|dc.description.abstract||In most countries, white maize varieties are more preferred than the yellow/orange maize. Unfortunately, normal yellow and white maize lacks vitamin A which is crucial mainly for sight as well as growth and immunity. Sub-Saharan African (SSA) countries are largely dependent on maize as their meals are predominantly made from maize, and vitamin A deficiency (VAD) is a progressing problem in these countries. In the biofortified orange maize, vitamin A occurs in the form of pro-vitamin A (PVA) carotenoids. This pro-vitamin A maize is being used to alleviate the problem of VAD. Normal maize is also deficient in two essential amino acids, namely lysine and tryptophan that cannot be synthesised by the body. Quality protein maize (QPM) was developed from a mutant maize type that is rich in the essential amino acids, tryptophan and lysine. These two essential amino acids are required in the body for the formation of proteins which reduces the occurrence of protein deficiencies such as kwashiorkor in children. In addition to the nutritional insecurity that is being faced in SSA countries, maize that is being produced remains insufficient to sustain the populations as they are increasing tremendously.
Development of high yielding and adaptable maize hybrids with better nutritional quality in terms of vitamin A and quality protein traits by stacking genes for vitamin A and quality protein in single cross maize hybrids will help alleviate this problem. This study was conducted to establish the combining ability of exotic PVA with locally adapted QPM lines, combining ability of the locally adapted PVA maize with QPM lines and contribution of secondary traits to yield in PVA and QPM hybrids. Line by tester analysis was conducted for two experiments. The maize inbred lines used in this study were developed by a shuttle breeding programme at University of KwaZulu-Natal. In the first experiment, 26 lines were crossed to four testers and 70 selected hybrids, including one check which was repeated twice, were evaluated in another trial. The hybrids were planted at Ukulinga in the summer season of 2015/2016. A 10 X 7 row by column design was used. In the second experiment, 12 lines were crossed to four testers and 44 selected hybrids, including one check, were evaluated in a trial. The hybrids were planted at two sites, Cedara and Ukulinga in summer season of 2015/2016. A 4 X 11 row by column design was used. Recommended agronomic practices were implemented for all the sites. Data was collected using a CIMMYT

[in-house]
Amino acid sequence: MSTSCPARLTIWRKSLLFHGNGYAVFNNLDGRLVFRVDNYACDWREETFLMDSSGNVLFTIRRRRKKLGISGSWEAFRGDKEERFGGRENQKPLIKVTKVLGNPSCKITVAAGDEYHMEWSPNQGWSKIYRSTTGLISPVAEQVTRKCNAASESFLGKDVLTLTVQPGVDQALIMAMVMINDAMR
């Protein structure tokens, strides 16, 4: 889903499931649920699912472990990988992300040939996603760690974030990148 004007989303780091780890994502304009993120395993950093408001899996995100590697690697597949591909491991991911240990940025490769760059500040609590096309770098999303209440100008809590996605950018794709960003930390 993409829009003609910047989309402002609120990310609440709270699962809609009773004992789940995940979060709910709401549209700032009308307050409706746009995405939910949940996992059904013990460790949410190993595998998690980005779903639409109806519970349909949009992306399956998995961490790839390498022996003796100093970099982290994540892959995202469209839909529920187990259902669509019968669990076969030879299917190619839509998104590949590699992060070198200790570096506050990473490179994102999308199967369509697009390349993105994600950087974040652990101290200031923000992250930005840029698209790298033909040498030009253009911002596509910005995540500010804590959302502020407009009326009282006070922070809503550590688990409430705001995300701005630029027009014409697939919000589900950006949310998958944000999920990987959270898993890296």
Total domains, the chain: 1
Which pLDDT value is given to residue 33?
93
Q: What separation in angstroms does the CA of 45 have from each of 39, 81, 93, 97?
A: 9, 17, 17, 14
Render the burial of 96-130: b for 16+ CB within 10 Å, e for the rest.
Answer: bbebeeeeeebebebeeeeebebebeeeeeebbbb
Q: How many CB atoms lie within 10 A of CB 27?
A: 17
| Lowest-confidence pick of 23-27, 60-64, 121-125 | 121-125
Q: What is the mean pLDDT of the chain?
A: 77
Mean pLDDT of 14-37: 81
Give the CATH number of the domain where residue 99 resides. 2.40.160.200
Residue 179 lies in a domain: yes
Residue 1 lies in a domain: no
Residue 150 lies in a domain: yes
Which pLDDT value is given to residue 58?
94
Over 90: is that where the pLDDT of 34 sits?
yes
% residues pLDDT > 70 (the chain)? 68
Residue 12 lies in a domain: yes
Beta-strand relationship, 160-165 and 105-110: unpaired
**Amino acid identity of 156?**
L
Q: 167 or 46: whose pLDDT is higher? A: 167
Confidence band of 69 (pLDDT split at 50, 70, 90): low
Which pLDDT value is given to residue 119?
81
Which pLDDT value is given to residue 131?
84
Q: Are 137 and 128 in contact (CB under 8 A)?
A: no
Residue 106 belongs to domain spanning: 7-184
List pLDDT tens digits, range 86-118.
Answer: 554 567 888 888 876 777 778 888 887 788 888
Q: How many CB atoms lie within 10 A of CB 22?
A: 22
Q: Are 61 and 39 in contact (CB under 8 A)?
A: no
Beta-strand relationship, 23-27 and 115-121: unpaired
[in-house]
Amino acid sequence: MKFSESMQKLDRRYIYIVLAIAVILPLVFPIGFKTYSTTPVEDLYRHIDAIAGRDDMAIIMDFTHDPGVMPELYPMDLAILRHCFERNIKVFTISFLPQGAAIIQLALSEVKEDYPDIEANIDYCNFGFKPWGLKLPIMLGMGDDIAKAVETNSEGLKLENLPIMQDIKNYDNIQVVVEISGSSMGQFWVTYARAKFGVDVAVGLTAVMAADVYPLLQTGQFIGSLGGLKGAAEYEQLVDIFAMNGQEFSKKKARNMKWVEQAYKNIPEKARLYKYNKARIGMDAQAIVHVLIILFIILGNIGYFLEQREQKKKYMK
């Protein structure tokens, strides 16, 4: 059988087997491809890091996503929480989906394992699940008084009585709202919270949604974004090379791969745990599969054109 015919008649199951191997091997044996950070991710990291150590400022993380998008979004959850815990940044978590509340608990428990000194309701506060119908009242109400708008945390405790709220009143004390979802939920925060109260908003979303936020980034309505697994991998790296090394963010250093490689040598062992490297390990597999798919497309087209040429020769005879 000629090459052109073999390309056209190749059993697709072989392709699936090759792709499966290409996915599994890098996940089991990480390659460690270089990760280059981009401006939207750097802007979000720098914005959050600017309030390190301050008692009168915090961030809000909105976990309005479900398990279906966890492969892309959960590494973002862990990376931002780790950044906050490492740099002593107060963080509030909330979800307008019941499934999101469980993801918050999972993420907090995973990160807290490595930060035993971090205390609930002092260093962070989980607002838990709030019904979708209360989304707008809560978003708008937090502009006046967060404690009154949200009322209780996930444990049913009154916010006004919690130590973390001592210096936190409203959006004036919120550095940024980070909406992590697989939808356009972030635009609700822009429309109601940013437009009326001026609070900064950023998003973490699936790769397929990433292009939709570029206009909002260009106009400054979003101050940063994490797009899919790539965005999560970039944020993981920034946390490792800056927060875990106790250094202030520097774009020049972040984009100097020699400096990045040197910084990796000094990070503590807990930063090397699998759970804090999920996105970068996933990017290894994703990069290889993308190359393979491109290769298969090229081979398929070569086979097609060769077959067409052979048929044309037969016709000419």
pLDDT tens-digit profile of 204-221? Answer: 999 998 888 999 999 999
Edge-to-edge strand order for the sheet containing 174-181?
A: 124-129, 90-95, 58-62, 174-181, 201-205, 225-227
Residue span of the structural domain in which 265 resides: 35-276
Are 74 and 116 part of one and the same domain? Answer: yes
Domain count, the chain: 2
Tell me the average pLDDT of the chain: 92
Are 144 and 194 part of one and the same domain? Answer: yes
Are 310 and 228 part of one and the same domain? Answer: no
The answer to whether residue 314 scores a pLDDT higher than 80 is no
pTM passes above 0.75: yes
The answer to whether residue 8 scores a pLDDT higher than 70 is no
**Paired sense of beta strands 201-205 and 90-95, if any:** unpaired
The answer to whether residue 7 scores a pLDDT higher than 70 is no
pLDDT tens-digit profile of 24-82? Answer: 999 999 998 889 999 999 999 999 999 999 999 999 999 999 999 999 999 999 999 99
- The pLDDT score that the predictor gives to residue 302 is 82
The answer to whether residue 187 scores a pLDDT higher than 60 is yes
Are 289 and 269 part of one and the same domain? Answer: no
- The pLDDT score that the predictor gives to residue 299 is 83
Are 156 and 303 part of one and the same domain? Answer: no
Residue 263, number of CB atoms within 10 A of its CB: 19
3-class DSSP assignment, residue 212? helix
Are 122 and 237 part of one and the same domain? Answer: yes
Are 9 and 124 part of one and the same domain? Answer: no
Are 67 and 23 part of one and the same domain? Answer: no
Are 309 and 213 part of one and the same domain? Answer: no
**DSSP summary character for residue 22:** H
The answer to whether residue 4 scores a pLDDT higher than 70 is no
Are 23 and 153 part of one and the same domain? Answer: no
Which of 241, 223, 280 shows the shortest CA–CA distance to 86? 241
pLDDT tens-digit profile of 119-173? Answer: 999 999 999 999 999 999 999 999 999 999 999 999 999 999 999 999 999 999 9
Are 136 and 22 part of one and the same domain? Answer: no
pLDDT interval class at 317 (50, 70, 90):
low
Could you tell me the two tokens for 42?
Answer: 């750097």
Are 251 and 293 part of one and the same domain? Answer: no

protocol and subjected to statistical analyses using Breeding Management System which is linked to Breeding View package, ANOVA and REML packages in GENSTAT 17th edition.
The experimental hybrids performed competitively against the check that was used. The outstanding performance of the hybrids was also displayed by the high genetic gains that were realized for the selected hybrids in both the trials. In the first experiment, hybrid 16XH49 was ranked as the highest yielding. In the second experiment, hybrids 16XP11 and 16XP33 were ranked the highest yielding for Ukulinga and Cedara, respectively. The general combining ability effects of lines were significant for grain yield and shelling percentage for both sites. Cultivar Superiority Analysis revealed that hybrids 16XP33, 16XP11 and 16XP29 were the most stable. Path coefficient analysis revealed significant association of secondary traits with grain yield. Traits such as ear height, plant height, field weight, number of ears per plot, shelling percentage, 100-grain weight and plant stand exhibited positive direct effects on grain yield. Selection of these traits would effectively cause an increase in grain yield. Field weight was found to be the most important trait contributing towards grain yield.||en_US